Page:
She and I have been mulling over the ramifications of the greater peace and less stress we experienced, the increased joy in the small things, and the restorative quality of the activities in which we engaged during the time we had hitherto been online. The result? her challenge to me to go computer (internet) free during the summer and my growing interest in having my kids go TV free during the summer.
I don't want my children to grow up addicted to the TV, to think that the TV is what you do when you are "bored" or when you're "tired" or whatever. I want them to first think of books, playing outside, sitting quietly, playing a game with their siblings, etc. They're too young to even consider playing on the computer as a way to pass time, but that's just around the corner. I want to encourage them to develop good habits and skills NOW about how to pass the time constructively and in a way that restores them, not in a way that sucks it out of them.
Anyone else in with me for this challenge? Here are my rules:
- Summer consists of June, July, August
- I'm not going to be super-Nazi here and say they can't watch it at others' houses, the gym, and so forth
- If someone is genuinely sick and truly lying around all day, then we can pull out a movie
- If it's pouring down rain and has been for more than a day, then we'll consider it.
- If they're watching TV, I'm going to watch it with them
How many times do you let them watch their favorite Super Why! or Disney movie by themselves while you clean up, talk on the phone, etc.? I do it often--I trust the content of what I let them watch by themselves, so I figure it's a "safe" activity while I get something done. But they LOVE it when I sit and watch something with them. It's instantly more of a family activity. And, I bet it will make me think twice about turning it on. If I don't "have time" or want to watch it, I'll work extra hard to find something else in which to engage their interest. That's going to mean less phone time, more creative employment of my children around the house while I clean (they can/will clean with me), and more thoughtfulness about the whole process in general.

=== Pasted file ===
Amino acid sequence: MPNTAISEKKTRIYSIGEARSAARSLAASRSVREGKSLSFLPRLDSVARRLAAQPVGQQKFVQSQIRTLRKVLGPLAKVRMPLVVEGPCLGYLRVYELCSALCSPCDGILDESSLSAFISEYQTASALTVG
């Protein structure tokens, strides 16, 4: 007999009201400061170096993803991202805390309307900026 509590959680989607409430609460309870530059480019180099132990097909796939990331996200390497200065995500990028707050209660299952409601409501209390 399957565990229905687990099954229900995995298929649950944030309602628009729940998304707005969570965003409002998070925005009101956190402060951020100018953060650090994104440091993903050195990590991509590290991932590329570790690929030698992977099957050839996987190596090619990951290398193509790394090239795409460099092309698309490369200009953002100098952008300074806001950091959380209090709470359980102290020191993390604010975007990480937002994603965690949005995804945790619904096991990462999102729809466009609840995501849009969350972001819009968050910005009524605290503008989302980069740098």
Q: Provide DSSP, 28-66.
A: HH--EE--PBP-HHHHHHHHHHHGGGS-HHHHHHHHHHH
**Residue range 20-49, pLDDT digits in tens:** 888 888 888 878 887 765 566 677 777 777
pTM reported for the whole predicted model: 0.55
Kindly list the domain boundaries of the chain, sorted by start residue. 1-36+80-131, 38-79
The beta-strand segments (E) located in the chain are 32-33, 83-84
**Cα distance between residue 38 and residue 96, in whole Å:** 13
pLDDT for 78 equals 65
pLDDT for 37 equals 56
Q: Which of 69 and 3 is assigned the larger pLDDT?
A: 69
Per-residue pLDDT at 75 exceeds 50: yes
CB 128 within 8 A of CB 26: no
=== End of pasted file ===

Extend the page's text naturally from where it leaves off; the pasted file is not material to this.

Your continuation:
I'm working up to it. Our former schedule was Super Why! regularly plus Dinosaur Train on occasion in the mornings and a movie in the afternoon after naptime ("movie" was generally limited to about an hour, but there were many times when it stretched beyond that!). That's WAY more TV than I ever expected to let my kids watch and there have been some legitimate uses of it with my three young ones. However, they now play pretty well together and are getting much more creative and imaginative. I've been weaning us off as follows: aiming for TV free mornings for a full week and letting the afternoon be whatever. Then, working off the afternoon by cutting back on time first. We'll go cold turkey soon, here!